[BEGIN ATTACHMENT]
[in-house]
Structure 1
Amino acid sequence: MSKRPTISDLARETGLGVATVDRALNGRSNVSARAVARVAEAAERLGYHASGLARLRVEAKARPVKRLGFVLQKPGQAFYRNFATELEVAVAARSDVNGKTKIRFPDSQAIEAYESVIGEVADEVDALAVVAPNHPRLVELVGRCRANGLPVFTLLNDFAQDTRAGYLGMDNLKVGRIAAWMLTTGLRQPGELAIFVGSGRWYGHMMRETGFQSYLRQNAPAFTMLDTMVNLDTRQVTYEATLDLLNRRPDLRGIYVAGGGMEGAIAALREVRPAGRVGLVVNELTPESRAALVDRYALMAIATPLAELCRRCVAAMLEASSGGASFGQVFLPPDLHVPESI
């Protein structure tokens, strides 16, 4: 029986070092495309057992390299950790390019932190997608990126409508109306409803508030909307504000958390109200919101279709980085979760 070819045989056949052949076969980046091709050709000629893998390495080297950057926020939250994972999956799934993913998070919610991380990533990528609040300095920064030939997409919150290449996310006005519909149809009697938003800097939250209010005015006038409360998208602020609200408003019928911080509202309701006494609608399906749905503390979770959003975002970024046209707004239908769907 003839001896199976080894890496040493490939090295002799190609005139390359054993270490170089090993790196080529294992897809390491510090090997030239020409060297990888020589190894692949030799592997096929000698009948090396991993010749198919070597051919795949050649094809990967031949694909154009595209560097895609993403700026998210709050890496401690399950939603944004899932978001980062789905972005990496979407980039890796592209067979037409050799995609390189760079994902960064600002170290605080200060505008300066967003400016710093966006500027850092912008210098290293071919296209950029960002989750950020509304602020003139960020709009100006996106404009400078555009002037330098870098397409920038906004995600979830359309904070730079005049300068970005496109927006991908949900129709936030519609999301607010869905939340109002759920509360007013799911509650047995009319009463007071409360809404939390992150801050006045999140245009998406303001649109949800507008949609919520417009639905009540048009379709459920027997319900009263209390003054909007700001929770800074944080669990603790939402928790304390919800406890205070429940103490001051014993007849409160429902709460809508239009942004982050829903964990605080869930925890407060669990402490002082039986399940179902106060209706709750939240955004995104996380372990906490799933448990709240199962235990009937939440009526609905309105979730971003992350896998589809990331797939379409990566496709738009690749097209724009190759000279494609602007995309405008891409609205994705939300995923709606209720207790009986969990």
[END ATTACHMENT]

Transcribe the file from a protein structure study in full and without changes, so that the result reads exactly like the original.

[in-house]
Structure 1
Amino acid sequence: MSKRPTISDLARETGLGVATVDRALNGRSNVSARAVARVAEAAERLGYHASGLARLRVEAKARPVKRLGFVLQKPGQAFYRNFATELEVAVAARSDVNGKTKIRFPDSQAIEAYESVIGEVADEVDALAVVAPNHPRLVELVGRCRANGLPVFTLLNDFAQDTRAGYLGMDNLKVGRIAAWMLTTGLRQPGELAIFVGSGRWYGHMMRETGFQSYLRQNAPAFTMLDTMVNLDTRQVTYEATLDLLNRRPDLRGIYVAGGGMEGAIAALREVRPAGRVGLVVNELTPESRAALVDRYALMAIATPLAELCRRCVAAMLEASSGGASFGQVFLPPDLHVPESI
């Protein structure tokens, strides 16, 4: 029986070092495309057992390299950790390019932190997608990126409508109306409803508030909307504000958390109200919101279709980085979760 070819045989056949052949076969980046091709050709000629893998390495080297950057926020939250994972999956799934993913998070919610991380990533990528609040300095920064030939997409919150290449996310006005519909149809009697938003800097939250209010005015006038409360998208602020609200408003019928911080509202309701006494609608399906749905503390979770959003975002970024046209707004239908769907 003839001896199976080894890496040493490939090295002799190609005139390359054993270490170089090993790196080529294992897809390491510090090997030239020409060297990888020589190894692949030799592997096929000698009948090396991993010749198919070597051919795949050649094809990967031949694909154009595209560097895609993403700026998210709050890496401690399950939603944004899932978001980062789905972005990496979407980039890796592209067979037409050799995609390189760079994902960064600002170290605080200060505008300066967003400016710093966006500027850092912008210098290293071919296209950029960002989750950020509304602020003139960020709009100006996106404009400078555009002037330098870098397409920038906004995600979830359309904070730079005049300068970005496109927006991908949900129709936030519609999301607010869905939340109002759920509360007013799911509650047995009319009463007071409360809404939390992150801050006045999140245009998406303001649109949800507008949609919520417009639905009540048009379709459920027997319900009263209390003054909007700001929770800074944080669990603790939402928790304390919800406890205070429940103490001051014993007849409160429902709460809508239009942004982050829903964990605080869930925890407060669990402490002082039986399940179902106060209706709750939240955004995104996380372990906490799933448990709240199962235990009937939440009526609905309105979730971003992350896998589809990331797939379409990566496709738009690749097209724009190759000279494609602007995309405008891409609205994705939300995923709606209720207790009986969990």